With ADAS (Advanced driver-assistance systems), the Compass offers a number of autonomous steering capabilities. Among them, there is the Emergency Braking, in which the vehicle has a sensor that monitors traffic. In the event of vehicle exposure to some type of risk, the system springs into action with the brakes, issuing an alert to the driver and, automatically, reducing the stopping time. The system has two modes of operation: up to 40 km/h the car will have a more abrupt stop. Anything over this speed and a slightly softer brake will be perceived. "This is a matter of safety, since there could be a car right behind or even as to not let the passenger suffer a major impact. Thus, it's a more reduced way of stopping", says Rodrigo Amaral, leader of FCA's Automotive Engineering project for Latin America. According to Amaral, after stopping, the system secures the vehicle for two seconds in order to ensure that the driver can regain control of the car. "It's important to remember that this feature only detects vehicles that are going in the same direction, and doesn't work with oncoming traffic", he adds.

The Compass also offers the possibility for the driver to couple automatic acceleration with braking. It's the so called Adaptive Cruise Control, which we mentioned above. "The chosen distance and speed are maintained in an adaptive way. In addition to this action, to keep the safe distance selected, the vehicle will also slow down if the car ahead reduces speed", says Rodrigo.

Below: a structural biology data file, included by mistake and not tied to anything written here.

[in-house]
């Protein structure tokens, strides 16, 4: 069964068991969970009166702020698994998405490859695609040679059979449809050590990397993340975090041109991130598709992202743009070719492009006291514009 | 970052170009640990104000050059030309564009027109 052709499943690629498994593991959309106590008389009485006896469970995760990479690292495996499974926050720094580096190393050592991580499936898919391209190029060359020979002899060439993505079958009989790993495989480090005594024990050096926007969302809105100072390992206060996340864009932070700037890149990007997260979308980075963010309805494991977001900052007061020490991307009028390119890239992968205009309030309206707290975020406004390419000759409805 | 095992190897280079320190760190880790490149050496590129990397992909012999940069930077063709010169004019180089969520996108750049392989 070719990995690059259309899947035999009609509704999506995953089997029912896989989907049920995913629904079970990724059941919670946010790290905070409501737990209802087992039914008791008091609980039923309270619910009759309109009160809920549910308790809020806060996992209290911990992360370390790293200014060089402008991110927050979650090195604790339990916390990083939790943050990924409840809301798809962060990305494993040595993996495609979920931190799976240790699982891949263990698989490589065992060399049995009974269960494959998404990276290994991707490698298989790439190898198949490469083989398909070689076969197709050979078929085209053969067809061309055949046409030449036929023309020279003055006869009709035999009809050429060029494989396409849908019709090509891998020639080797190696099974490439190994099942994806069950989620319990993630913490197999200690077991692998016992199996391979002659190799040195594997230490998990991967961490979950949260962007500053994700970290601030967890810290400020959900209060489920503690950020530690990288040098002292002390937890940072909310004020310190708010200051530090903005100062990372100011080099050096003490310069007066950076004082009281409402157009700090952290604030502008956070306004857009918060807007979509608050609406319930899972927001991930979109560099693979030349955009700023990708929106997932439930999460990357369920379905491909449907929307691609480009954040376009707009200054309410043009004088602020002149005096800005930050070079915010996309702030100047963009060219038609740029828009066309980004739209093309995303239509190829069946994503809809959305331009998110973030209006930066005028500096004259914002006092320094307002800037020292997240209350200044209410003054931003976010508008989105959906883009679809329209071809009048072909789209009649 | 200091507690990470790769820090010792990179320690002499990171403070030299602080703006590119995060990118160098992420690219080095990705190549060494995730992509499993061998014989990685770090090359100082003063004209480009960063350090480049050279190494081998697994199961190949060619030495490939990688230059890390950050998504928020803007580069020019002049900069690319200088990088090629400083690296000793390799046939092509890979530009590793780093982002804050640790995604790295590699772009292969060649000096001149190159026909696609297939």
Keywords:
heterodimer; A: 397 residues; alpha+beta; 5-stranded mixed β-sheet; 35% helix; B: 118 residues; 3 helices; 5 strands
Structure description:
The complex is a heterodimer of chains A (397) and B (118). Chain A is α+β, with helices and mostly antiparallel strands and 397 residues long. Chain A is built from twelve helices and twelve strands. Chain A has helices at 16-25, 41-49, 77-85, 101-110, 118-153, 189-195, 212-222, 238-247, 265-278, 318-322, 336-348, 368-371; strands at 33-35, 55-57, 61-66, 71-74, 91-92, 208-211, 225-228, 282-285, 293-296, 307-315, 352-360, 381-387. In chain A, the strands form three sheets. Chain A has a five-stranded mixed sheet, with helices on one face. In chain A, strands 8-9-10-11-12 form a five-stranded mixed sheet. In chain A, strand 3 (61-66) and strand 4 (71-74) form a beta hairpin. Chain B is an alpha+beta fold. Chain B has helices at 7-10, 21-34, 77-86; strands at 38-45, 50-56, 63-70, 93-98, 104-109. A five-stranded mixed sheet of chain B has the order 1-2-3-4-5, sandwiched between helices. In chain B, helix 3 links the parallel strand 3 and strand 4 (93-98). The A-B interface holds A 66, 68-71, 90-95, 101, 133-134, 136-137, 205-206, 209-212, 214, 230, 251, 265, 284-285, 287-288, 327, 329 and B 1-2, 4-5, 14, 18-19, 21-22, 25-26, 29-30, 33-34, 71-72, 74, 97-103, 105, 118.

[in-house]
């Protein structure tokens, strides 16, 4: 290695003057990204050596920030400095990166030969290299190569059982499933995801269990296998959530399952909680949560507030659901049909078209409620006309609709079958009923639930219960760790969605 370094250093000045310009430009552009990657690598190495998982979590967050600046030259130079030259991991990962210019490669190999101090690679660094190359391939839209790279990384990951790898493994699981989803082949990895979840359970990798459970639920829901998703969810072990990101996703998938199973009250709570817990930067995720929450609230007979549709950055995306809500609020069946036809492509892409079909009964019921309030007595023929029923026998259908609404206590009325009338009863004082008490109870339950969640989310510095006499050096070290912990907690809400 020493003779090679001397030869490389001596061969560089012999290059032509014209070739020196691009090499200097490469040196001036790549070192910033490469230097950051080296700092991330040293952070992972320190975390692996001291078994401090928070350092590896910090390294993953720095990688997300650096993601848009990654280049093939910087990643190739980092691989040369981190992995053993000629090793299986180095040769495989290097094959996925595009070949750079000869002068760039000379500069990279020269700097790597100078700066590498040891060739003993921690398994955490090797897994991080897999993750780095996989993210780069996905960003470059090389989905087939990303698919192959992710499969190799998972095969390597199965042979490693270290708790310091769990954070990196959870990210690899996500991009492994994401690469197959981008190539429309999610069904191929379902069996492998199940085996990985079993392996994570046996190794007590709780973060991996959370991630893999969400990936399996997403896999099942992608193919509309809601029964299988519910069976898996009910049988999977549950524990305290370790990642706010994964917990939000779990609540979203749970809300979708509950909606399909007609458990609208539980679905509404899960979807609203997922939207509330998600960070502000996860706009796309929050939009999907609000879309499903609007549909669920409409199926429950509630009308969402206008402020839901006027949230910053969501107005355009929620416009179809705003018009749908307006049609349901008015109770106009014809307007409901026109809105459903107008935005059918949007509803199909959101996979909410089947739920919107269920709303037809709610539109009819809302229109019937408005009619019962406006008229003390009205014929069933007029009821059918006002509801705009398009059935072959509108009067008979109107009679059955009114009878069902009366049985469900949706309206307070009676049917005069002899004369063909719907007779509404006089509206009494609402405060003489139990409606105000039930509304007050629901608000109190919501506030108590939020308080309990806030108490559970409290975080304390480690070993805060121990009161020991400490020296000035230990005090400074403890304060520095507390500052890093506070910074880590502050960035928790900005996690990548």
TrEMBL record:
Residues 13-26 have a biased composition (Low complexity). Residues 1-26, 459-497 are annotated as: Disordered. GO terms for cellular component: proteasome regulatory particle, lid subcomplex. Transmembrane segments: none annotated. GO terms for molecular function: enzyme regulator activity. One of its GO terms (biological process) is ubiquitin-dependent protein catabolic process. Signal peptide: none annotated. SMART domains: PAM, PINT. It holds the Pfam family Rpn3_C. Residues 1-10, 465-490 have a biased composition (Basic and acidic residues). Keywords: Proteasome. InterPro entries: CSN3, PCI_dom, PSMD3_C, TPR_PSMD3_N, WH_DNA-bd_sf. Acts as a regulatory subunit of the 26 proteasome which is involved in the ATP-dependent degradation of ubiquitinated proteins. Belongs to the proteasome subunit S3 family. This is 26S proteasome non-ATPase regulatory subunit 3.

In order not to let a distracted driver slide out of his/her lane while on the road and to avoid any risks, the Compass offers a lane change warning feature. The car has sensors that monitor what's ahead so that as the driver unintentionally invades another lane, the system gives the driver a warning to alert him/her to bring the car back to right track. The intensity of the "warning", says Rodrigo, can be customized. "The driver will feel a vibration in the steering wheel and a slight move of the car returning to the lane. In this situation, it's possible to determine the force applied to the steering wheel: whether low, medium or high. Even with respect to sensitivity, the driver can choose whether the system should warn when he/she is on top of the lane, going over it or even before going over it", he explains. In the event that the change of lane is intentional, such as passing a vehicle, it will detect it and won´t interfere the driver with the maneuver.

The feature that helps you park is the Parallel and Perpendicular Park Assist, a standard in the 2019 versions of the Compass Limited and Trailhawk. Basically, the system can detect places to park and controls, for the driver, all the maneuvering. The driver is responsible for controlling the acceleration, the brakes and gear as required on the dashboard.


In addition, the Compass also assists the driver when leaving the parked spot. Simply select 'exit' and the car will guide you as to how to proceed so that the vehicle can leave the parking space and position itself for driving on the road.